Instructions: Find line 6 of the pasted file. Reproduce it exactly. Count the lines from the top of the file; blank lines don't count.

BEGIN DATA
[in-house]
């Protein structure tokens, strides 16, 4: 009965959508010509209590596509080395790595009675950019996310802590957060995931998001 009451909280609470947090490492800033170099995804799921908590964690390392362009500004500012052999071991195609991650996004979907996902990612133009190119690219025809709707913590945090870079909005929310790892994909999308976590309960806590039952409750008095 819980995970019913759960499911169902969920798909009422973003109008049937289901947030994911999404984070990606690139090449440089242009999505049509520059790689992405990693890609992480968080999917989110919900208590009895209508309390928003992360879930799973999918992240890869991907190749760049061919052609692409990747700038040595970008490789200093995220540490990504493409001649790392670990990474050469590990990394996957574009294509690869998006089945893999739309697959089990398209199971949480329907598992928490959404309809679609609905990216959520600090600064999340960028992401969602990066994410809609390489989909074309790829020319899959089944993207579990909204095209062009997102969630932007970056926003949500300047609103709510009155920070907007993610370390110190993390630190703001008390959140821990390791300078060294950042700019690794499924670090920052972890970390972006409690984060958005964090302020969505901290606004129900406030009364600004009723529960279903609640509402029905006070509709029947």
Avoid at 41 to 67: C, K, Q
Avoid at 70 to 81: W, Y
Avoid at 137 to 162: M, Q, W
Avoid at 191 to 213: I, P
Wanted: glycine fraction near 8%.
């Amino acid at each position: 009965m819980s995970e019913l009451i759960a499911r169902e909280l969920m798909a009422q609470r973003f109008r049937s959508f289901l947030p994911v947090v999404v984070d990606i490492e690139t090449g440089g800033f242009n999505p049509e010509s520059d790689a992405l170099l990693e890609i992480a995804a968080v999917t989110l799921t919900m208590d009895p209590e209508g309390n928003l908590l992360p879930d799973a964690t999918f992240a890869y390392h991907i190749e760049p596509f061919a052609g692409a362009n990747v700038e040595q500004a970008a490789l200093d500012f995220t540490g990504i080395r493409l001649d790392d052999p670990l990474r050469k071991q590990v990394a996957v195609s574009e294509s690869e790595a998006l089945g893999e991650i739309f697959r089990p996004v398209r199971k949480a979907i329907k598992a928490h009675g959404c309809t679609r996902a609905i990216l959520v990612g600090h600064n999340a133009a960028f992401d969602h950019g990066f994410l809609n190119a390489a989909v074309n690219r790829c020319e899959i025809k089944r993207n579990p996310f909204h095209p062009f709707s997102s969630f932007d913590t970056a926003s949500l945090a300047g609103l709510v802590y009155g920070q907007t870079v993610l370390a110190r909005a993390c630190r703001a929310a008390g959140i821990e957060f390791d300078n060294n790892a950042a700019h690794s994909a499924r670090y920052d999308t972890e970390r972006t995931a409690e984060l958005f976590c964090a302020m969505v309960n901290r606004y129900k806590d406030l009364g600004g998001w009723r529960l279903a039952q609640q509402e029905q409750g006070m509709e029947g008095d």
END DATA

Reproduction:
Avoid at 191 to 213: I, P